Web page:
These problems, called the “moral crisis” (道德危机) by Chinese people, are everywhere – corruption in government, unethical and criminal business practices, and shocking disregard for fellow citizens. As the Party turns to Chinese traditions for help, Confucius can teach today’s China a thing or two. On government, he said officials should “govern with clean hands and engage in public affairs diligently” and “be frugal and faithful to moral principles and adopt strict self-discipline against extravagance.” Confucius worried that people cared too much about personal gain: “He who acts with a constant view to his own profit will be murmured against.” He advocated being a good samaritan, praising his disciples for helping farmers.
Modern issues, of course, are much more complicated than those in Confucius’ society. It is hard to know if the Party can find Confucian ways to solve all the current problems it is facing. Right now, it is pushing scholars to sort out theories that will work.
There are good reasons for the Party to turn to Confucianism, as this philosophy has proved to be successful in helping other Asian countries’ economies to grow in the 70s. Schuman uses the economic successes of Japan and the Four Little Dragons last century to demonstrate to readers how Confucianism contributed to transforming those countries into engines that drove East Asia’s capitalist ascent.
“Confucianism encouraged a collegiality between management and workers that was missing from the contentious West, and strong ties among employees made them solid team players, “ writes Schuman. Quoting China expert Roderick MacFarquhar, Schuman adds, “if Western individualism was appropriate for the pioneering period of industrialization, perhaps a post-Confucian ‘collectivism’ is better suited to the age of mass industrialization,” because “in the West the ‘organization man’ is a somewhat repellent figure. In Japan, the company man is the ideal.”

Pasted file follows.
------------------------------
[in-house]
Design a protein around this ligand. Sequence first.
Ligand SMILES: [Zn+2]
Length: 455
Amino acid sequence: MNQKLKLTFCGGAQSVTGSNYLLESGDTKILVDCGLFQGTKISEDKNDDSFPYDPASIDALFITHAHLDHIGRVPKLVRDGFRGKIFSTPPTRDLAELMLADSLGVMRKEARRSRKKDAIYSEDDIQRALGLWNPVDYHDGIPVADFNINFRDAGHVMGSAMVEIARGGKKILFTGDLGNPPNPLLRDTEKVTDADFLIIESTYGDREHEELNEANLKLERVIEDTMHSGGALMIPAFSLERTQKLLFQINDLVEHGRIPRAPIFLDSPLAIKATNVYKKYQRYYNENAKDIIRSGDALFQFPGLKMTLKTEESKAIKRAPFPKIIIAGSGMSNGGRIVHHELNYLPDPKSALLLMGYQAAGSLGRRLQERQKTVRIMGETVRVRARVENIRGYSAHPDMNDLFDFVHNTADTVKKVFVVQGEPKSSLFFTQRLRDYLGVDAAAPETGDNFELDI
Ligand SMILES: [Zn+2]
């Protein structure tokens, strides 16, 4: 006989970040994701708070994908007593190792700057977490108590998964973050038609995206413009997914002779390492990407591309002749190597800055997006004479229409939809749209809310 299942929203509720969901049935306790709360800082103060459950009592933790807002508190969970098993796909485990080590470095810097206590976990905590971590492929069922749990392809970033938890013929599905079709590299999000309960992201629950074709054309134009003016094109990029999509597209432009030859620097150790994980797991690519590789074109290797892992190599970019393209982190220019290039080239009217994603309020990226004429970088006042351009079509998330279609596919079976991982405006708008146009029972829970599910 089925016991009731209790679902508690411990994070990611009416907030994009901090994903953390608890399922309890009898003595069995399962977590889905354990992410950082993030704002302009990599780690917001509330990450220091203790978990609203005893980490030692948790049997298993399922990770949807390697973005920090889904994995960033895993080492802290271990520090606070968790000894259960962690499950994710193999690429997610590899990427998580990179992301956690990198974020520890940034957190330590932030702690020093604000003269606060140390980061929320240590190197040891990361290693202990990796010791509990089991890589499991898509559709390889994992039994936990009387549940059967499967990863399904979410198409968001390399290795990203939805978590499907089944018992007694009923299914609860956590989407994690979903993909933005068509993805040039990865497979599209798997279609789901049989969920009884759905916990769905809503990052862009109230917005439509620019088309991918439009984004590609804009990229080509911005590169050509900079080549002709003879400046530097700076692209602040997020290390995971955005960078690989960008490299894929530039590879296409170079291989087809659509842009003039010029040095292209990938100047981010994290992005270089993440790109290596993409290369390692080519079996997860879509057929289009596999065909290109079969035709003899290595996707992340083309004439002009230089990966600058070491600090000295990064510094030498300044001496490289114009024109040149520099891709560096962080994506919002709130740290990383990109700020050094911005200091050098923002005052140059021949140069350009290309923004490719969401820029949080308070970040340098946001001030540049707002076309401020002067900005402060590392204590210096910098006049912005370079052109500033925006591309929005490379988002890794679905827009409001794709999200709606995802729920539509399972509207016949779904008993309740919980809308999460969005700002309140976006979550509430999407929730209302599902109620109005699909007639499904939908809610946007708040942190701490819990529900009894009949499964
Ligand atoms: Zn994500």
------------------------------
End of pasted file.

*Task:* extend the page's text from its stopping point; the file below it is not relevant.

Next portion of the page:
In addition to an inquiry for a better business model, Chinese have taken note and are looking towards Confucianism for the ideal businessman. Ru shang (儒商, Confucian businessman or Confucian entrepreneur) has become an ideal to businessmen who want to set themselves apart from bao fa hu (暴发户, parvenu), or jian shang (奸商, unscrupulous merchant), who don’t care about regulations or social responsibilities.
Like ru shang, anything infused with Confucianism and Chinese traditions are popular topics of public discussion. Chinese people embrace Confucianism to find ethical answers for capitalism in modern society.
Confucius has not always enjoyed such popularity. In the early twentieth-century, the founders of Chinese Communist Party thought Confucianism, which had been a cornerstone of Chinese culture since the Han Dynasty, was a stumbling block to China’s modernity. During the Cultural Revolution, Mao Zedong aimed to eradicate Confucian influence in the society. Confucian temples and relics were smashed, and professors who refused to criticize Confucius suffered persecution.
“It doesn’t matter if Mao eradicated it or not,” said Michelle Chen, a 30-year-old professional in Shanghai, “we still treat each other in a traditional way.” But when asked the revival of the Confucianism in China, she said “my friends and I didn’t even notice the trend of Confucianism coming back. We don’t really care.” Like me, Michelle belongs to the generation that did not receive much education in the Confucian classics. Thus, a lot young people like her might feel no urgency to study it now, which raises a big question of how Confucius can find his way back to this generation.
There is an even larger question mark, a fundamental one, of whether the principles Confucianism could guide China’s modernization. The Party could be practical, as it always is, to “select the refined and discard the crude”(取其精华，去其糟粕), and to “make the past serve the present, make foreign things serve China” as what Chairman Mao said. But it’s unknown whether the Party could create a perfect new theory by combining Confucianism with modernity.
Today, the Communist Party under Xi and a desperate population look to Confucius. But no one knows if Confucianism is the answer, yet no one knows the life expectancy of Confucius this time.
“I don’t know the question for myself. I heard from people that make an effort to go back. They seemed quite passionate about it,” said Schuman, “What’s going to be interesting in over 10 years is how [Confucianism] comes out.”
Nina Huang is a journalist from China who has lived in New York City for six years. She holds a master’s degree in media and communications from New York University.
Lead photo by Jesse Thorstad, modified by Andrew Shiue, licensed through Creative Commons